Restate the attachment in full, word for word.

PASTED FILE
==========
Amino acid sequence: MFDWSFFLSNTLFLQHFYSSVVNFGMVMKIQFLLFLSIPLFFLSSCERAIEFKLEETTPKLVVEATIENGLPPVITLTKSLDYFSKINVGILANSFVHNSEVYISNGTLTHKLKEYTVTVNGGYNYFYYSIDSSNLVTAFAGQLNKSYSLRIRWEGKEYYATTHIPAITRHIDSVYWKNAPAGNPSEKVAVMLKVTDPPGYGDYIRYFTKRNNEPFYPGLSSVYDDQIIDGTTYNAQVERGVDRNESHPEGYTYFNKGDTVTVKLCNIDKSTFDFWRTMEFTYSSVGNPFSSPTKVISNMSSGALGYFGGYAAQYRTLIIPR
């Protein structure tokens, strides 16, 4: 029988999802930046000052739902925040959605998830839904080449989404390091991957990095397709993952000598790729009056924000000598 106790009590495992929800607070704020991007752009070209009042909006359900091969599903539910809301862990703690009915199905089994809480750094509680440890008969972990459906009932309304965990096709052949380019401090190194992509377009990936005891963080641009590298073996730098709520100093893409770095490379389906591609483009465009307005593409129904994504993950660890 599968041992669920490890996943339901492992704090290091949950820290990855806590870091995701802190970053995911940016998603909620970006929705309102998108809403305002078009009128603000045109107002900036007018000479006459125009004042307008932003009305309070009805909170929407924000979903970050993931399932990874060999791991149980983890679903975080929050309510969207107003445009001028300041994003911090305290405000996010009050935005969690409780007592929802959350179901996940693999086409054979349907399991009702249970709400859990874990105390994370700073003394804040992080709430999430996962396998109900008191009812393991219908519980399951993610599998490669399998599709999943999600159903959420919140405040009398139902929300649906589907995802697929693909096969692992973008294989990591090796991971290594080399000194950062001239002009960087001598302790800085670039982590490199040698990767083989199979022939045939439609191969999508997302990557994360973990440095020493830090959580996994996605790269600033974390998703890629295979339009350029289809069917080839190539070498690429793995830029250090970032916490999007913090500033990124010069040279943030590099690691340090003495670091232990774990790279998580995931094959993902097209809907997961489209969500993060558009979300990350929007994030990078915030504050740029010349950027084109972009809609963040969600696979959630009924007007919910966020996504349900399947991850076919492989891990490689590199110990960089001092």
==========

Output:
Amino acid sequence: MFDWSFFLSNTLFLQHFYSSVVNFGMVMKIQFLLFLSIPLFFLSSCERAIEFKLEETTPKLVVEATIENGLPPVITLTKSLDYFSKINVGILANSFVHNSEVYISNGTLTHKLKEYTVTVNGGYNYFYYSIDSSNLVTAFAGQLNKSYSLRIRWEGKEYYATTHIPAITRHIDSVYWKNAPAGNPSEKVAVMLKVTDPPGYGDYIRYFTKRNNEPFYPGLSSVYDDQIIDGTTYNAQVERGVDRNESHPEGYTYFNKGDTVTVKLCNIDKSTFDFWRTMEFTYSSVGNPFSSPTKVISNMSSGALGYFGGYAAQYRTLIIPR
């Protein structure tokens, strides 16, 4: 029988999802930046000052739902925040959605998830839904080449989404390091991957990095397709993952000598790729009056924000000598 106790009590495992929800607070704020991007752009070209009042909006359900091969599903539910809301862990703690009915199905089994809480750094509680440890008969972990459906009932309304965990096709052949380019401090190194992509377009990936005891963080641009590298073996730098709520100093893409770095490379389906591609483009465009307005593409129904994504993950660890 599968041992669920490890996943339901492992704090290091949950820290990855806590870091995701802190970053995911940016998603909620970006929705309102998108809403305002078009009128603000045109107002900036007018000479006459125009004042307008932003009305309070009805909170929407924000979903970050993931399932990874060999791991149980983890679903975080929050309510969207107003445009001028300041994003911090305290405000996010009050935005969690409780007592929802959350179901996940693999086409054979349907399991009702249970709400859990874990105390994370700073003394804040992080709430999430996962396998109900008191009812393991219908519980399951993610599998490669399998599709999943999600159903959420919140405040009398139902929300649906589907995802697929693909096969692992973008294989990591090796991971290594080399000194950062001239002009960087001598302790800085670039982590490199040698990767083989199979022939045939439609191969999508997302990557994360973990440095020493830090959580996994996605790269600033974390998703890629295979339009350029289809069917080839190539070498690429793995830029250090970032916490999007913090500033990124010069040279943030590099690691340090003495670091232990774990790279998580995931094959993902097209809907997961489209969500993060558009979300990350929007994030990078915030504050740029010349950027084109972009809609963040969600696979959630009924007007919910966020996504349900399947991850076919492989891990490689590199110990960089001092």